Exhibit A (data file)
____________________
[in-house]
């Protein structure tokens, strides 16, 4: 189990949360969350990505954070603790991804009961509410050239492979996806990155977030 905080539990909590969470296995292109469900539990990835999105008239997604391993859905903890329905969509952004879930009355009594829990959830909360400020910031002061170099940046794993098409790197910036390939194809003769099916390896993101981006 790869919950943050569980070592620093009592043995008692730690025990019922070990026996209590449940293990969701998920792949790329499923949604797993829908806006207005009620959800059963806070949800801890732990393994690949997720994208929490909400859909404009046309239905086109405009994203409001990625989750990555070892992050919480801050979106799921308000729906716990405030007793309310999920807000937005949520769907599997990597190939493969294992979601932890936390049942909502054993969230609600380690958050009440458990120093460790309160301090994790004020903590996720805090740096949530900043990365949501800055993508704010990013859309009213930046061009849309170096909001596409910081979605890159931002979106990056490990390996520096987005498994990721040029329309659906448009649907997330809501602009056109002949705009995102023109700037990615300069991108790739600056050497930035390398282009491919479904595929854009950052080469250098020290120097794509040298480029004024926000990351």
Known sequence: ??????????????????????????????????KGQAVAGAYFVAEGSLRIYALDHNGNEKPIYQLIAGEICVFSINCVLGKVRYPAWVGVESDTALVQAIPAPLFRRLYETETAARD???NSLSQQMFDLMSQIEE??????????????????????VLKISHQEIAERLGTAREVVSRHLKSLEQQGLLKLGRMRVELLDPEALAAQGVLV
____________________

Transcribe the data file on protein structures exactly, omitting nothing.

[in-house]
């Protein structure tokens, strides 16, 4: 189990949360969350990505954070603790991804009961509410050239492979996806990155977030 905080539990909590969470296995292109469900539990990835999105008239997604391993859905903890329905969509952004879930009355009594829990959830909360400020910031002061170099940046794993098409790197910036390939194809003769099916390896993101981006 790869919950943050569980070592620093009592043995008692730690025990019922070990026996209590449940293990969701998920792949790329499923949604797993829908806006207005009620959800059963806070949800801890732990393994690949997720994208929490909400859909404009046309239905086109405009994203409001990625989750990555070892992050919480801050979106799921308000729906716990405030007793309310999920807000937005949520769907599997990597190939493969294992979601932890936390049942909502054993969230609600380690958050009440458990120093460790309160301090994790004020903590996720805090740096949530900043990365949501800055993508704010990013859309009213930046061009849309170096909001596409910081979605890159931002979106990056490990390996520096987005498994990721040029329309659906448009649907997330809501602009056109002949705009995102023109700037990615300069991108790739600056050497930035390398282009491919479904595929854009950052080469250098020290120097794509040298480029004024926000990351």
Known sequence: ??????????????????????????????????KGQAVAGAYFVAEGSLRIYALDHNGNEKPIYQLIAGEICVFSINCVLGKVRYPAWVGVESDTALVQAIPAPLFRRLYETETAARD???NSLSQQMFDLMSQIEE??????????????????????VLKISHQEIAERLGTAREVVSRHLKSLEQQGLLKLGRMRVELLDPEALAAQGVLV